Is There Any Way to Stop Divorce? - Change Week
ADDITIONAL CONTRIBUTORS Zach Schepis

By Zach Schepis

Photo courtesy of kevin dooley.

Nobody can deny the steadily growing national divorce rates of recent decades, nor can anyone account for exactly why they occur. Despite a nearly $600 million government budget funded toward the promotion of healthy marriage, divorce remains as prevalent as ever.

A new study suggests that all of the education, counseling, and advertising that made up the Healthy Marriage Initiative (HMI) might very well have all been for naught.

The National Center for Family and Marriage Research at Bowling Green State University discovered that even when spending reached its apex ($142 million in 2009), marriages still declined and divorce rates remained more or less the same.

Unsurprisingly, the five states that spent the least toward HMI all experienced declines in marriage rates. However, so too did four out of the five states that spent the most.

Why could this be?

Another study from the University of Maryland sociologist Philip N. Cohen explores the effects that the US economy has had on divorce rates. While he is among many other scholars seeking a reasonable explanation for such a spike, Cohen differs in his efforts to establish a parallel between separation and the financial well-being of families in America.

His research depicts divorce rates taking a dive after the economy was hit in 2007, which seems to suggest that couples are finding newfound strength in times of crisis.

There is always the flip side of the coin, however: couples could be divorcing less in times of economic hardship simply because they cannot afford to do so.

Marriage has often been cherished as a solution to poverty. Congress passed The Welfare Reform Law in 1996 allowing states to allocate welfare funds to “reducing non-marital pregnancies and promoting two-parent families.” The belief was that a two-income household would result in fewer problems for children raised in those homes. But new research is revealing that the legislation has not been an effective solution to the problem.

Kristi Williams, an associate professor of sociology at The Ohio State University, believes this program has failed to solve the problem. Her research was published Jan. 6 by the Council on Contemporary Families and featured as part of their in-depth coverage concerning the War on Poverty.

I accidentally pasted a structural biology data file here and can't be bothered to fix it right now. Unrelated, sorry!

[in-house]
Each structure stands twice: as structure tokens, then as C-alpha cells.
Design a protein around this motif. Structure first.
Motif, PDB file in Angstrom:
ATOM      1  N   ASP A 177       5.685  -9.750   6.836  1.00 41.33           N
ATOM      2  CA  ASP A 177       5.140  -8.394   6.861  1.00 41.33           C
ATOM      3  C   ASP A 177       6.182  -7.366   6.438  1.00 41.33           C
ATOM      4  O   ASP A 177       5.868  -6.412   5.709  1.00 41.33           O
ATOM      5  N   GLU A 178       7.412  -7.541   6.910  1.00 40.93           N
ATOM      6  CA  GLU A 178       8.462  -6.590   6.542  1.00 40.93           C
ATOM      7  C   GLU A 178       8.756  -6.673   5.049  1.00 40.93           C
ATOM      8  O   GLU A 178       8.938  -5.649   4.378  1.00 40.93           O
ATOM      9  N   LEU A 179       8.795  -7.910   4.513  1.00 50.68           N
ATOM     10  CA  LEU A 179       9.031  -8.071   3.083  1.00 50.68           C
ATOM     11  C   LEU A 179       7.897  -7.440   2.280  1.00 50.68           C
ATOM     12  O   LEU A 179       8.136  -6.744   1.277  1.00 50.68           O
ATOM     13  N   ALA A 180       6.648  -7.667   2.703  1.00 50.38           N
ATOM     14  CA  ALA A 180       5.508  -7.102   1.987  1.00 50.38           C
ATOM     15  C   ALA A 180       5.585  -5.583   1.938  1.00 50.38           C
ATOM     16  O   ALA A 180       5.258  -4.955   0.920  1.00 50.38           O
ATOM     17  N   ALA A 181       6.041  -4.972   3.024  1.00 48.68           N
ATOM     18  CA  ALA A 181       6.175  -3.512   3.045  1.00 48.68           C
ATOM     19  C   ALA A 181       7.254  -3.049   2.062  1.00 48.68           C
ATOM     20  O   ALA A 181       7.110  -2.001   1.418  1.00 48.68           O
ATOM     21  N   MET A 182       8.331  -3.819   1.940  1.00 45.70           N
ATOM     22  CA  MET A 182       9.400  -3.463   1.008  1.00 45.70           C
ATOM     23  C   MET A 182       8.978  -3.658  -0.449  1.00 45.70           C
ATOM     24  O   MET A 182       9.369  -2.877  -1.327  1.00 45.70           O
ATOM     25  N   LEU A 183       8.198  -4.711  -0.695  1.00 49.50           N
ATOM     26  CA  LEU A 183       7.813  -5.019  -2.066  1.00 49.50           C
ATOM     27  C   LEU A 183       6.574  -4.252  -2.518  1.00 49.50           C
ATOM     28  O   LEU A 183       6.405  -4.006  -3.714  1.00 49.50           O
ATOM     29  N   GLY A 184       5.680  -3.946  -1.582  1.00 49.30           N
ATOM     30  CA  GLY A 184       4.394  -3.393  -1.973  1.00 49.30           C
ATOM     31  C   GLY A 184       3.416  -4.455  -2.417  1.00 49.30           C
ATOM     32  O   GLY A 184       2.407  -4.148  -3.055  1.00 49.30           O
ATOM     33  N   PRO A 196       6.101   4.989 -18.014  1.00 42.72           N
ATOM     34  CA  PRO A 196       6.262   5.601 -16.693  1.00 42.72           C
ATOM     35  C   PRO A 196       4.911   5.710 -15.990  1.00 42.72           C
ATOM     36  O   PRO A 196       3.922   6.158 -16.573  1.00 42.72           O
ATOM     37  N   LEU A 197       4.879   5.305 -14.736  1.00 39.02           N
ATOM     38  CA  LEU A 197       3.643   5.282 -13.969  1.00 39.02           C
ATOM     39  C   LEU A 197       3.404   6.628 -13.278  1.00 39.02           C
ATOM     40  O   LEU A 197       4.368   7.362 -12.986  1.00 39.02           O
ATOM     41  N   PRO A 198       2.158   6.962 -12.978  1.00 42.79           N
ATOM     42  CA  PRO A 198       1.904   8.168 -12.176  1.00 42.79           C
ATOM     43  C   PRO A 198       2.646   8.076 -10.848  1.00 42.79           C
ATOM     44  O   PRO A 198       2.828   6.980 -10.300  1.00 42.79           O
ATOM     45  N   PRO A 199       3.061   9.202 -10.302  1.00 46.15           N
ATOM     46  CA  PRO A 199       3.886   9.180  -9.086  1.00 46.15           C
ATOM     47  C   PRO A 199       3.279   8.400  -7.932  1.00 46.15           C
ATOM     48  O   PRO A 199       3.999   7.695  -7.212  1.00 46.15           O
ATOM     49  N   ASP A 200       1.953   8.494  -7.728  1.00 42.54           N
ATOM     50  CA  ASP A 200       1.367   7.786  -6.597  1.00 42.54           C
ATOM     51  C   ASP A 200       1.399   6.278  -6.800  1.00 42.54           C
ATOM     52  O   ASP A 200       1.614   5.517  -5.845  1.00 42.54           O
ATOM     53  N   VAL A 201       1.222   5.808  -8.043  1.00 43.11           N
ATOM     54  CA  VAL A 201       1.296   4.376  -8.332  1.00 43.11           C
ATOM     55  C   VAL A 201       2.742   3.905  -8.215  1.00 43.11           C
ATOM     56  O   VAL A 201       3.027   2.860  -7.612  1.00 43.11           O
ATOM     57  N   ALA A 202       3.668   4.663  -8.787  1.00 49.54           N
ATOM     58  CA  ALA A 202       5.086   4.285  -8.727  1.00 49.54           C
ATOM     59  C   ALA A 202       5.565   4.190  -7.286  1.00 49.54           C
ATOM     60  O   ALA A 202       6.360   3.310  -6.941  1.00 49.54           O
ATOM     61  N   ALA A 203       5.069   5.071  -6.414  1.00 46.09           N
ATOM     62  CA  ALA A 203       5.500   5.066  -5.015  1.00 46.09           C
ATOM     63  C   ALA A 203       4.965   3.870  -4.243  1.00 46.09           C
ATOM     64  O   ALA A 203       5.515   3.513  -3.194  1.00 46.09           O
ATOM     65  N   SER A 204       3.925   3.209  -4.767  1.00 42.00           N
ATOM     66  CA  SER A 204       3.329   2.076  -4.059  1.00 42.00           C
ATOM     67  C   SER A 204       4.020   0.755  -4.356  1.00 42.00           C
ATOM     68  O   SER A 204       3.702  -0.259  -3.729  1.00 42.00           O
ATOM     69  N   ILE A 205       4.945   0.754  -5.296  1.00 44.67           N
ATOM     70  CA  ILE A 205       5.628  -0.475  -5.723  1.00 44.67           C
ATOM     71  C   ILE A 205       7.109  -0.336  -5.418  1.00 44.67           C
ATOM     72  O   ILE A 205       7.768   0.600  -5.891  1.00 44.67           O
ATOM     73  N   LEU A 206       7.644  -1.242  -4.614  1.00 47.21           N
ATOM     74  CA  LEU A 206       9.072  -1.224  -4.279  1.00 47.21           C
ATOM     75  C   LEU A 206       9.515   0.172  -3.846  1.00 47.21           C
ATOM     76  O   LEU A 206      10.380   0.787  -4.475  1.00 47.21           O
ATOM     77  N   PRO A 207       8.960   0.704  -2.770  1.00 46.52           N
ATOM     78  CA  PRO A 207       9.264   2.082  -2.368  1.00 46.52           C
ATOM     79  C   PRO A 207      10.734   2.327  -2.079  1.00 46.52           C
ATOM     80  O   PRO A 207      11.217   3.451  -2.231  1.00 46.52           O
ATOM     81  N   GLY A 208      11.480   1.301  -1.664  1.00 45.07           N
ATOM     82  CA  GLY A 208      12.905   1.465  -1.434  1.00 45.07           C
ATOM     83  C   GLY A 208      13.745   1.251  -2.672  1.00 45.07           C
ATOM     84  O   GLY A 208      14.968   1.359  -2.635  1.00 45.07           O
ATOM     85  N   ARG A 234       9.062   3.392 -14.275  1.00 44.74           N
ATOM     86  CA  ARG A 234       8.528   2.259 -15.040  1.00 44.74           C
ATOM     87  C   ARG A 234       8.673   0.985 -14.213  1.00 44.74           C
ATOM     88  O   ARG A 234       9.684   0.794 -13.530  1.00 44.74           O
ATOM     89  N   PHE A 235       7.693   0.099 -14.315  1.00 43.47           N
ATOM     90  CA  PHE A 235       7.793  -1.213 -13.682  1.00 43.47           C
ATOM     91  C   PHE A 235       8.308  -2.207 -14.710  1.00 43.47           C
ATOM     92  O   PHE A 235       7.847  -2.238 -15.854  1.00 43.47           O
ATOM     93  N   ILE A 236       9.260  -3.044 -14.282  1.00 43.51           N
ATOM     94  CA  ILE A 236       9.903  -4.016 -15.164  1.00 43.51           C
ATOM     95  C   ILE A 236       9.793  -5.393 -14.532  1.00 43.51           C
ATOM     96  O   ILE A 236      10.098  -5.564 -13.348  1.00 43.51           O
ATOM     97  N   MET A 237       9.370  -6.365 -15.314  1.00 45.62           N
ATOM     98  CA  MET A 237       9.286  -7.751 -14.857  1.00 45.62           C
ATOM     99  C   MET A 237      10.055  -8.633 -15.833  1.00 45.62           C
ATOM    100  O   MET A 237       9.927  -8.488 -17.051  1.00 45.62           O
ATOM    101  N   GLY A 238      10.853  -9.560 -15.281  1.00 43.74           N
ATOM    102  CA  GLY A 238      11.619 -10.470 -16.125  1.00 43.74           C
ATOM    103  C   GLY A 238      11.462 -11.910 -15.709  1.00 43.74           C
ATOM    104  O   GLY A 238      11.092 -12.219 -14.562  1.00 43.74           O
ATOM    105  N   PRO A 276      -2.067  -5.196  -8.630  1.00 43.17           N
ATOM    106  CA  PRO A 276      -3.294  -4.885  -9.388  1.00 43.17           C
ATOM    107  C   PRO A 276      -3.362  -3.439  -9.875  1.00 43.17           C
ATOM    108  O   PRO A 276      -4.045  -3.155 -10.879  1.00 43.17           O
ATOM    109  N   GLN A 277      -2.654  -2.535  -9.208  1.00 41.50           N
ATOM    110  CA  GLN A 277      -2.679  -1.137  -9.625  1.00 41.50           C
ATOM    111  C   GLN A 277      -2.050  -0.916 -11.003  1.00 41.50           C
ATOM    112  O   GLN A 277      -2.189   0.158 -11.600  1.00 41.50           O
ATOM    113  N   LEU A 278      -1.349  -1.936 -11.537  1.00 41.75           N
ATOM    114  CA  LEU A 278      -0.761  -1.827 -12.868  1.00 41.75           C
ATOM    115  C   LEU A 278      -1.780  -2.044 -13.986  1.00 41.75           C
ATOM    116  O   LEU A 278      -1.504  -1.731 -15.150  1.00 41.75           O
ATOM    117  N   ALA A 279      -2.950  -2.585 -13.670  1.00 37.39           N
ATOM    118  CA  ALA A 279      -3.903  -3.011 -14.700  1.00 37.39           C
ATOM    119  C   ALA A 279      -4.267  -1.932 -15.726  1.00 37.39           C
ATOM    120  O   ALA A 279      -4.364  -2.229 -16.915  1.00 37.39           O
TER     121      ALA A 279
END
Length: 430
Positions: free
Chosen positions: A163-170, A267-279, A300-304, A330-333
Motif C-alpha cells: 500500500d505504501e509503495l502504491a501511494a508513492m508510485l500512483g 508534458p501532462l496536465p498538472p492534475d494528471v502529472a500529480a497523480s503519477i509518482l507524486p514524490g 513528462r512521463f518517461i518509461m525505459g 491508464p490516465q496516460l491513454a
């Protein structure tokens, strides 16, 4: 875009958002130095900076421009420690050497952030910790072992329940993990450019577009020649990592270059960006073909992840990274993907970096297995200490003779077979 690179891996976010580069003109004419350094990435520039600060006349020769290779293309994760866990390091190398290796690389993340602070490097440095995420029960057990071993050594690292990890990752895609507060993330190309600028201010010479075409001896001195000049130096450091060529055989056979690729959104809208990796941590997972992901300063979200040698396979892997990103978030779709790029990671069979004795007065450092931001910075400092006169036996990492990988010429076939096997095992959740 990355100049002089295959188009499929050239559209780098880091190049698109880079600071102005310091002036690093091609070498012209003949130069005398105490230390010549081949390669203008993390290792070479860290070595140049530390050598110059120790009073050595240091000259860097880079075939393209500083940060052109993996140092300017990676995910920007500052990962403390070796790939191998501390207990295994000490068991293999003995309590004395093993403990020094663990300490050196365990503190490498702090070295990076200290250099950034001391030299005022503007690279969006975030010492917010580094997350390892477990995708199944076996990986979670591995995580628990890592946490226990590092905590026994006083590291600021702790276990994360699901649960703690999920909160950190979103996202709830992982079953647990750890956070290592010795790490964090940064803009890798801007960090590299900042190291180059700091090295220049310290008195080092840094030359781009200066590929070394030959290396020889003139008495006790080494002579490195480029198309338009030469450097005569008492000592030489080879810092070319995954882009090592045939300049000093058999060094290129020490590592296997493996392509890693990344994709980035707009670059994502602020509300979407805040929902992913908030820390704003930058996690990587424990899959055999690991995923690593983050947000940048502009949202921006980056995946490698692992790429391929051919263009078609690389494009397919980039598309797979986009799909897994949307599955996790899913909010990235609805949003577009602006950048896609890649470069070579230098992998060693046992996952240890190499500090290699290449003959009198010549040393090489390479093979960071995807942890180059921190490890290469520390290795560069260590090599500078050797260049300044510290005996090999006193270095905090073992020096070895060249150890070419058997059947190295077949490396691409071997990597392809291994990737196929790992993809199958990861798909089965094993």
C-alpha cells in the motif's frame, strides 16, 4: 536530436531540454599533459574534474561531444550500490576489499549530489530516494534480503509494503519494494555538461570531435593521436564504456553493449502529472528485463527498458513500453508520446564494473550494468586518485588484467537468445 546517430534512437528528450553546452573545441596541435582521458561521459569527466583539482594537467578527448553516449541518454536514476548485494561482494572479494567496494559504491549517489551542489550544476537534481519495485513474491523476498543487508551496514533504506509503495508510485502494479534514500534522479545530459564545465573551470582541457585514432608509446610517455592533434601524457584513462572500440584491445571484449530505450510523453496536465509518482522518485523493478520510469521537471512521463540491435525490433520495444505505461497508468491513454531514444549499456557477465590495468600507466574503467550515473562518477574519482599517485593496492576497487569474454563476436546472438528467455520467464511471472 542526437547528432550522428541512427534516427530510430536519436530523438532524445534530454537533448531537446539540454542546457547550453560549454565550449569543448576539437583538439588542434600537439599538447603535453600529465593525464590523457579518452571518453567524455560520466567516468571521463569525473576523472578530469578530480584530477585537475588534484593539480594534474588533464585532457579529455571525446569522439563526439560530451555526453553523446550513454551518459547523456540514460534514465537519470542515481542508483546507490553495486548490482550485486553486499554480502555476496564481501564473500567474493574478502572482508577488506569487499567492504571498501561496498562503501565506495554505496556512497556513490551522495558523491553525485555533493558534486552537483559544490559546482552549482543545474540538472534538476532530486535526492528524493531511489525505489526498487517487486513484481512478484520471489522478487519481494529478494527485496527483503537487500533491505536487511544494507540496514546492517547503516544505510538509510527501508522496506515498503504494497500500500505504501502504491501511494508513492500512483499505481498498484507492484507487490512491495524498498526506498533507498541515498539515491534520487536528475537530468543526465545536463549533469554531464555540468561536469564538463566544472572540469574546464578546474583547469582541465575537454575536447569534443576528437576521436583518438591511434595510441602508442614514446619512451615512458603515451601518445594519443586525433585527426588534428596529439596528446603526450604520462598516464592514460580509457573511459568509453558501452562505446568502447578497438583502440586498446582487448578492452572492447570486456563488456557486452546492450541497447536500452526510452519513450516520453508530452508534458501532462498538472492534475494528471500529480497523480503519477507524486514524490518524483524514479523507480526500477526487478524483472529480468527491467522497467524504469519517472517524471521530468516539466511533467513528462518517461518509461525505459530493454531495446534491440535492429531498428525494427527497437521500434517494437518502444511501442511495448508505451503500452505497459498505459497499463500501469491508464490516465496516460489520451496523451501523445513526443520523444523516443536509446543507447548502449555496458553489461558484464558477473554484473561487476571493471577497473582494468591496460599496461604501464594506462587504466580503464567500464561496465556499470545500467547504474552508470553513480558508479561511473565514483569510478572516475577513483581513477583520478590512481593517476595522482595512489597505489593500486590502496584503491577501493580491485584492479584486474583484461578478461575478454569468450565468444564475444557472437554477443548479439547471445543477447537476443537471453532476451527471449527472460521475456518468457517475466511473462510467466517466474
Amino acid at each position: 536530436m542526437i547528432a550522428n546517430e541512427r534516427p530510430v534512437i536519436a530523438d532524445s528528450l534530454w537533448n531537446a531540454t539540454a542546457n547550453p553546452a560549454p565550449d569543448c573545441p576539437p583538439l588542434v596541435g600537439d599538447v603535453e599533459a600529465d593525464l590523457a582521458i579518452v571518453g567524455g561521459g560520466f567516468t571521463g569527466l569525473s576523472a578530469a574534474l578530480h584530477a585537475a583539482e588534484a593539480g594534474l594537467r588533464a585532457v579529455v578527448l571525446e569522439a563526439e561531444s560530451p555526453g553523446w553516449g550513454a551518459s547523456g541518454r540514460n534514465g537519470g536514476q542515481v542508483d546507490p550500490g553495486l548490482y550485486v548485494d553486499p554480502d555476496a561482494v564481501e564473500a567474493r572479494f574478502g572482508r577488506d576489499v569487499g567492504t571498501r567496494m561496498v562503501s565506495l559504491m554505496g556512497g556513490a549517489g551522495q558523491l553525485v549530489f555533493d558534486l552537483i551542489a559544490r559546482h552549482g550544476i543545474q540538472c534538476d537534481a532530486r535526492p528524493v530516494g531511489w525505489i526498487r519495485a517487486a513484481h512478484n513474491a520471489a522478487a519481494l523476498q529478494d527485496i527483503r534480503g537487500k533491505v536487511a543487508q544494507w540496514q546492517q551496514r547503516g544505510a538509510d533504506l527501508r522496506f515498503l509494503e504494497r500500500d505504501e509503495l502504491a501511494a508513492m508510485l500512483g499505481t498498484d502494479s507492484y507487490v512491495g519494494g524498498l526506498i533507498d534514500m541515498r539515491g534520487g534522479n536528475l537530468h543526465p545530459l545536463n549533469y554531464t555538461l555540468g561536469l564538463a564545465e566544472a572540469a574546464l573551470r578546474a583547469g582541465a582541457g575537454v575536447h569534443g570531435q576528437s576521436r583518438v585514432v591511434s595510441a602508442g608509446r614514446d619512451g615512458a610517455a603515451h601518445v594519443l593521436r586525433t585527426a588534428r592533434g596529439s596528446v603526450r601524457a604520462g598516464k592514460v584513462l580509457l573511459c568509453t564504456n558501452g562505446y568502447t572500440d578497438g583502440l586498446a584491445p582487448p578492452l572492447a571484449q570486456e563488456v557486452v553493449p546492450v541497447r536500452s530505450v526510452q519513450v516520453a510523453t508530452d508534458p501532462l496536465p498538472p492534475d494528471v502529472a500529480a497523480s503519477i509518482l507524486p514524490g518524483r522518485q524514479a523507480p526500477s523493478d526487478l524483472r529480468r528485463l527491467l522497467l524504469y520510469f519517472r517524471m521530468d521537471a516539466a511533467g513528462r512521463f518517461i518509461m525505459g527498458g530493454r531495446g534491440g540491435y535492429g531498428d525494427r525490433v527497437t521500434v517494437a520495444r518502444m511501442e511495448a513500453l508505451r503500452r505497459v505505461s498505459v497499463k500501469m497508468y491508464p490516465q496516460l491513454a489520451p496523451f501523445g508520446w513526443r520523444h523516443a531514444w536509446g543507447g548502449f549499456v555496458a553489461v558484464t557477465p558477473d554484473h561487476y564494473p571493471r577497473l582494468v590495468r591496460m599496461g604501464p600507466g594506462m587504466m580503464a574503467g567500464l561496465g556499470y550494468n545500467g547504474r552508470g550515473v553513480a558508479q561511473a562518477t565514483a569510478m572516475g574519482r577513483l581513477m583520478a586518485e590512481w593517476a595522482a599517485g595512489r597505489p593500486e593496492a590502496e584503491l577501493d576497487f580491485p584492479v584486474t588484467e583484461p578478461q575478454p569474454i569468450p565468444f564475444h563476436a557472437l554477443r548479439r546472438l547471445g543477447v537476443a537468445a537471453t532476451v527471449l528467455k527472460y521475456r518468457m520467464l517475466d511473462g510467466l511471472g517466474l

“Personally, I question the premise of devising public policy with the aim of encouraging marriage,” Williams tells BTR. “There is no evidence that helping low income single mothers marry can accomplish that goal and there is evidence that marriage carries risks for single mothers and their children.”

According to a nationally representative study conducted by Williams that surveyed 7,000 women, 64 percent of single mothers who had been married were later divorced by the time they reached ages between 35-44.

Furthermore, “single mothers who marry and later divorce are worse off economically than single mothers who never marry.”

For Williams, the solution to climbing divorce rates, and even more widespread issues such as poverty, can be addressed through focusing more on children.

“It may very well be that giving children a better start throughout their lives, including the chance to earn a decent living when they mature, will in the long run increase marriage rates in low income communities,” she explains. “This will be made possible through reducing the entrenched poverty that is a barrier to marriage.”

Mindy Scott, a Ph.D. Senior Research Scientist at Child Trends, also believes that we must begin with children if we wish to better instill ideals of what constitutes “healthy” relationships. Scott and her colleagues have focused extensively on the quality, structure, and behavior of marital relationships to help conceive welfare reform that builds and supports healthy relationships.

“In focus groups conducted with African American teens in Washington DC, teens showed that they know what a healthy teen relationship should look like,” Scott tells BTR. “They prioritized respect, honesty, fidelity, good communication, and the absence of violence.”

While teens had no problem identifying the constituents of healthy relationships, disconnect still remained between their conceptions and personal experiences.

“Many of these same teens expressed pessimism about their chances of experiencing these types of relationships themselves,” says Scott. “Nor did they have many adult role models who demonstrated these types of relationships.”

Williams doesn’t believe that these role models should be a top priority. All of these efforts, she asserts, need to be redirected from encouraging these kinds of relationships to encouraging children and young adults to lead the best lives that they can.

“Increasing college affordability, college readiness, and opportunities for employment in a job with a living wage would provide women with an alternative pathway to adulthood besides early motherhood,” she tells BTR.

This doesn’t mean that happy and healthy relationships aren’t possible—even for the young and innocent. While divorce might continue to rear its ugly head, it’s important to remember that there’s a reason why we take the chance to begin with.

“Our research on young adults found that the vast majority of young adults who were married, cohabiting, and in exclusive dating relationships reported that they and their partner had a lot of love for one another,” says Scott.

“This supports past research that most young adults view love, commitment, and fidelity as very important elements for a successful relationship.”

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